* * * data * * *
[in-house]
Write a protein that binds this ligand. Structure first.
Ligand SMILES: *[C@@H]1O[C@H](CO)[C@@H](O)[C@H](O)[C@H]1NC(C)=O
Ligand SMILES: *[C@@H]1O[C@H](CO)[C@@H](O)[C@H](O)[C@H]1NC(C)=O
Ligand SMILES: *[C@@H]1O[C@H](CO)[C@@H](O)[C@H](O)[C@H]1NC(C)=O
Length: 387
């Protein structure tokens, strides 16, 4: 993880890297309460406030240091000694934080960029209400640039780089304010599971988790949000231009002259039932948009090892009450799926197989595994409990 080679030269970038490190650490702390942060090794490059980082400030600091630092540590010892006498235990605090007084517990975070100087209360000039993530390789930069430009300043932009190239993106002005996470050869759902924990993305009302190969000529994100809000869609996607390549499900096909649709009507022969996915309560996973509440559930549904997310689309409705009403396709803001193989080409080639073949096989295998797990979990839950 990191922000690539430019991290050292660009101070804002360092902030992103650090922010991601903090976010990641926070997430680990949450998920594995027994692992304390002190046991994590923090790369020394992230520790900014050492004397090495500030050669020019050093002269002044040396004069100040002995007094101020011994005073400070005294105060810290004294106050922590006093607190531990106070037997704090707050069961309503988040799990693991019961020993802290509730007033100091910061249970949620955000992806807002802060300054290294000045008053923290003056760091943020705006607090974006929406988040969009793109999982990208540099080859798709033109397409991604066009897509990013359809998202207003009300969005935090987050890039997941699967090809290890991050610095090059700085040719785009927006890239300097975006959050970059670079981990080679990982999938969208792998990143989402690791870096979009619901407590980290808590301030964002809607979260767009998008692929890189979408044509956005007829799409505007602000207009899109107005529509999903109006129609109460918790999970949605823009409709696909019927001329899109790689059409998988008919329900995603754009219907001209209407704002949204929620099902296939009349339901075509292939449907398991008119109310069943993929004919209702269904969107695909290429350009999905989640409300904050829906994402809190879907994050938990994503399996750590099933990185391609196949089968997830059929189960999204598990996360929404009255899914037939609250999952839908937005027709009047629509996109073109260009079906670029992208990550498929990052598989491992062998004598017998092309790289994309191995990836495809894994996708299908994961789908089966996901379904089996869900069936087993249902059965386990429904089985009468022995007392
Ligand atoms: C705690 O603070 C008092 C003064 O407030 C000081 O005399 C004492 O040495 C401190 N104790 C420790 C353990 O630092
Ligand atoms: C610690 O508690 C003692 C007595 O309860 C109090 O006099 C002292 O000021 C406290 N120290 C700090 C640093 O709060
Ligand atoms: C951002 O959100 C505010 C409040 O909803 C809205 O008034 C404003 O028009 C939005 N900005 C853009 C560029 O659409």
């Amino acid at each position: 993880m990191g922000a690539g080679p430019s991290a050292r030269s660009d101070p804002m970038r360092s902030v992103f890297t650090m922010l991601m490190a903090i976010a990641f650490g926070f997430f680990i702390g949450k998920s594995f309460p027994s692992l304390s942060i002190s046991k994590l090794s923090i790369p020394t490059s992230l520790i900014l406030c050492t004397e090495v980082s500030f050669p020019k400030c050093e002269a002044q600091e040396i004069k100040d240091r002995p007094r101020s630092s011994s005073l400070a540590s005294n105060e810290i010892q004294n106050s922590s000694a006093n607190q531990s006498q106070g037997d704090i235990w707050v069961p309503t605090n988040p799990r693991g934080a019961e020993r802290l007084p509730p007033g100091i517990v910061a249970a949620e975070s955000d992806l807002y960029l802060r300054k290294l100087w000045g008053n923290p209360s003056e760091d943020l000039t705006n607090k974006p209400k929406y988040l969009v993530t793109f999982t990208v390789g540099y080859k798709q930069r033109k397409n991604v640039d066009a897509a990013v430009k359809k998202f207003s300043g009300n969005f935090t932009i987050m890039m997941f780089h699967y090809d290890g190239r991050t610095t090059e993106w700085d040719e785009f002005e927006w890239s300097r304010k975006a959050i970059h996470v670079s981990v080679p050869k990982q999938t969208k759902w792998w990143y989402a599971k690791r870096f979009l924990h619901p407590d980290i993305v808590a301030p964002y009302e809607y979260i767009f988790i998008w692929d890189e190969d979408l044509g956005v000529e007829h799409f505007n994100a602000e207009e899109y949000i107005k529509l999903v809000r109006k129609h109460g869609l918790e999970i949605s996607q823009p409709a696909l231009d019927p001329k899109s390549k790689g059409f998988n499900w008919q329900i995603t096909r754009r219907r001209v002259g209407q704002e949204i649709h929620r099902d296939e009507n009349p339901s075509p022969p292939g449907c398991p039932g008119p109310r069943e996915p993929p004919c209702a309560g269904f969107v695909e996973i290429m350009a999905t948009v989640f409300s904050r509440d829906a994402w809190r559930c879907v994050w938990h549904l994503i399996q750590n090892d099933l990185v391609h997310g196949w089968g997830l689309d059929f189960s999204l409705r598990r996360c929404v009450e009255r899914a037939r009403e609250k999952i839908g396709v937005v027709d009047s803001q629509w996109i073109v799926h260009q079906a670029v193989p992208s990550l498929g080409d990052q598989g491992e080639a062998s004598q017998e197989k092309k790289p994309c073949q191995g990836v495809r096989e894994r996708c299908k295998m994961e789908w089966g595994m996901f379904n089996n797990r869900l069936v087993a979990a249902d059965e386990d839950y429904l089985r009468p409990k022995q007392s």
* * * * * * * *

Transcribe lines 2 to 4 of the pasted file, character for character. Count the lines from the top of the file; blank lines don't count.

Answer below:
Write a protein that binds this ligand. Structure first.
Ligand SMILES: *[C@@H]1O[C@H](CO)[C@@H](O)[C@H](O)[C@H]1NC(C)=O
Ligand SMILES: *[C@@H]1O[C@H](CO)[C@@H](O)[C@H](O)[C@H]1NC(C)=O